Submission Title

Won't You Be My Neighbor

Presenter Information

Christian Campbell | McAnulty College and Graduate School of Liberal Arts

Elizabeth Sullivan | McAnulty College and Graduate School of Liberal Arts

Abstract

Won’t You Be My Neighbor

Social identity is a person’s sense of who they are based on their group membership(s). The groups which people belong are an important source of pride and self-esteem. Groups give us a sense of belonging to the social world. Neighborhood communities like Pittsburgh’s Hill District can foster social identity for members. However, when the group we belong to is heavily judged and scrutinized our sense of identity can be affected. The current study aims to understand how personal attitudes and perceived external attitudes of one's community effects the same individual’s communal identity and personal identity. To understand the relationship between these variables, we have created four surveys. Two of the surveys aim to measure attitude; both what hill district residents think of their community and what hill district residents believe others think of their community (e.g., “the future of the hill district seems promising”). The next two surveys aim to measure hill district residents’ sense of identity; both communal identity and personal identity (e.g., “I can trust people in this community”). Surveys will use Qualtrics. There are several possibilities for how these variables may correlate with one another. Perceived external attitudes could foster a greater sense of communal identity, or those same negative external attitudes could lead to negative attitudes towards one's own neighborhood. Regardless of how these variables correlate, these findings will strengthen general understanding of how the way we think others perceive us and our community is correlated to what we personally think of ourselves and. community

School

McAnulty College and Graduate School of Liberal Arts

Advisor

Dr. Alexander Kranjec

Submission Type

Paper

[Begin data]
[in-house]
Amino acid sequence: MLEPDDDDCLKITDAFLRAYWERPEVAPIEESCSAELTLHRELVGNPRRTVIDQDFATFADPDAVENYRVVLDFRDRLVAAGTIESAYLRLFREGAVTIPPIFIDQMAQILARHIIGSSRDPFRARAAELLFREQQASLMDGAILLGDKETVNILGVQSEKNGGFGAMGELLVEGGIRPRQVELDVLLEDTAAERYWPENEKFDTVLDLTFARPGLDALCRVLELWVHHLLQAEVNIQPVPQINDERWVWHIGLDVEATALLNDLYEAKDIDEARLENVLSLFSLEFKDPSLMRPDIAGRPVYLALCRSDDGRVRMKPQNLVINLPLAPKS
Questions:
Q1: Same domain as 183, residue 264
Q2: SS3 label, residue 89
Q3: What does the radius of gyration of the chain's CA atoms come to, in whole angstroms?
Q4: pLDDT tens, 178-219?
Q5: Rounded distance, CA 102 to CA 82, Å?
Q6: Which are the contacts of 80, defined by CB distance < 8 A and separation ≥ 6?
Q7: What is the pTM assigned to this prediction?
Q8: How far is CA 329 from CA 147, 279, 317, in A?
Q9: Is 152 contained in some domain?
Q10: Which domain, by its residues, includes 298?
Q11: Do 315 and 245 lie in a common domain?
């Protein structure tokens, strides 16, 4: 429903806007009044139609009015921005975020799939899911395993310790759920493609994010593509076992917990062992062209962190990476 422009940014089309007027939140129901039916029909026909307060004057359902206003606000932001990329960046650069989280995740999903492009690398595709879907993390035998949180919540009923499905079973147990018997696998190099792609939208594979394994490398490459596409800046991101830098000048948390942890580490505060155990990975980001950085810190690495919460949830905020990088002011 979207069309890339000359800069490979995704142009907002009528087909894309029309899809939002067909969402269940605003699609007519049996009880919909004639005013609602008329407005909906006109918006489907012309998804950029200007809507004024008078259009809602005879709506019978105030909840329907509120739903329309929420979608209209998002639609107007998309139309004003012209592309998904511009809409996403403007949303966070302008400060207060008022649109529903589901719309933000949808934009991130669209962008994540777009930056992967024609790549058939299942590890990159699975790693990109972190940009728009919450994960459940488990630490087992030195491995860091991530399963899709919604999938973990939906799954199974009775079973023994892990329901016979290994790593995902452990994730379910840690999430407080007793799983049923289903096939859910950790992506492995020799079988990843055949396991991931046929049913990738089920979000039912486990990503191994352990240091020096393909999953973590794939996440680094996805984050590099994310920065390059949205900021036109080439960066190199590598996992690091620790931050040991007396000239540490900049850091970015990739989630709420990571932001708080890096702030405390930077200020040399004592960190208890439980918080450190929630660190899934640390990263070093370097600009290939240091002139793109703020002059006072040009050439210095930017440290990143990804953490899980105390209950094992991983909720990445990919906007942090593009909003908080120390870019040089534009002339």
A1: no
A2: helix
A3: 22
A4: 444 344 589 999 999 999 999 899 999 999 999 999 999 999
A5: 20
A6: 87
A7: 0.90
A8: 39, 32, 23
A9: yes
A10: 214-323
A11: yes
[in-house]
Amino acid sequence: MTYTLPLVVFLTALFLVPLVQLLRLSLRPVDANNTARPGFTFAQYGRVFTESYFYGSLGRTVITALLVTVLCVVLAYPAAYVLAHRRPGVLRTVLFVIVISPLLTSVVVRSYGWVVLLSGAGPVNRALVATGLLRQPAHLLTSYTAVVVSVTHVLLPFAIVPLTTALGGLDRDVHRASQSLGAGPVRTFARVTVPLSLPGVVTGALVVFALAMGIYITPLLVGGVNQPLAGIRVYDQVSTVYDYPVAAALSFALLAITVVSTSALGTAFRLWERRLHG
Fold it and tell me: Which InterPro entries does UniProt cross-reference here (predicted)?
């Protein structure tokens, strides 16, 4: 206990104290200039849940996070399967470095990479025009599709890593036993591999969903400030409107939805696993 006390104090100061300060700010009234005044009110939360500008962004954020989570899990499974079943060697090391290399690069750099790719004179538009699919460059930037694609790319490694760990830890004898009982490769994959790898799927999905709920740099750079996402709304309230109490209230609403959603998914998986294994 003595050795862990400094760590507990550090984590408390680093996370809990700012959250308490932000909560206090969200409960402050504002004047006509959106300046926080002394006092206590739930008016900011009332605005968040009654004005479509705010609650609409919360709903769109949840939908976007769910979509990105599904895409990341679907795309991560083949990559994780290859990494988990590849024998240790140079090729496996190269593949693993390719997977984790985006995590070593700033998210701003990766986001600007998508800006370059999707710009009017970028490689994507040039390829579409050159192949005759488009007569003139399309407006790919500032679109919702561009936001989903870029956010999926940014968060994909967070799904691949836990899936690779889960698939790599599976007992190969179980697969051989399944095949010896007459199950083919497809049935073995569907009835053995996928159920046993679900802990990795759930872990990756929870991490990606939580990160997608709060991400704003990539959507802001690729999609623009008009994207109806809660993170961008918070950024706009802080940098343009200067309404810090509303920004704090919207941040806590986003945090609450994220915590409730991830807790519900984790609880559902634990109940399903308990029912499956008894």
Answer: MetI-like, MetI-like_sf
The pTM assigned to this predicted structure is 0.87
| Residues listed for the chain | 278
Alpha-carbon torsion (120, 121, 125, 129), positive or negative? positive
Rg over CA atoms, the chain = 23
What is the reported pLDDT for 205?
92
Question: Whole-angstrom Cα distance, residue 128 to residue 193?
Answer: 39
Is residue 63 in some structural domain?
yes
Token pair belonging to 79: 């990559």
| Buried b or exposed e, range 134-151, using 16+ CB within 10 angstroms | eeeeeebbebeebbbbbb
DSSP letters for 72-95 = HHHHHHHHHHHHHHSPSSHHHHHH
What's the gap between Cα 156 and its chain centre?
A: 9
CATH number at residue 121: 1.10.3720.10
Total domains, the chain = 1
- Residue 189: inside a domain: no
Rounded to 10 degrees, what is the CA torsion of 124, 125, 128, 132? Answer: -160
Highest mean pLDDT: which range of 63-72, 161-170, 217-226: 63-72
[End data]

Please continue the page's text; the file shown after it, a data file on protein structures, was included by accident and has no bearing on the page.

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Won't You Be My Neighbor

Won’t You Be My Neighbor

Social identity is a person’s sense of who they are based on their group membership(s). The groups which people belong are an important source of pride and self-esteem. Groups give us a sense of belonging to the social world. Neighborhood communities like Pittsburgh’s Hill District can foster social identity for members. However, when the group we belong to is heavily judged and scrutinized our sense of identity can be affected. The current study aims to understand how personal attitudes and perceived external attitudes of one's community effects the same individual’s communal identity and personal identity. To understand the relationship between these variables, we have created four surveys. Two of the surveys aim to measure attitude; both what hill district residents think of their community and what hill district residents believe others think of their community (e.g., “the future of the hill district seems promising”). The next two surveys aim to measure hill district residents’ sense of identity; both communal identity and personal identity (e.g., “I can trust people in this community”). Surveys will use Qualtrics. There are several possibilities for how these variables may correlate with one another. Perceived external attitudes could foster a greater sense of communal identity, or those same negative external attitudes could lead to negative attitudes towards one's own neighborhood. Regardless of how these variables correlate, these findings will strengthen general understanding of how the way we think others perceive us and our community is correlated to what we personally think of ourselves and. community

 

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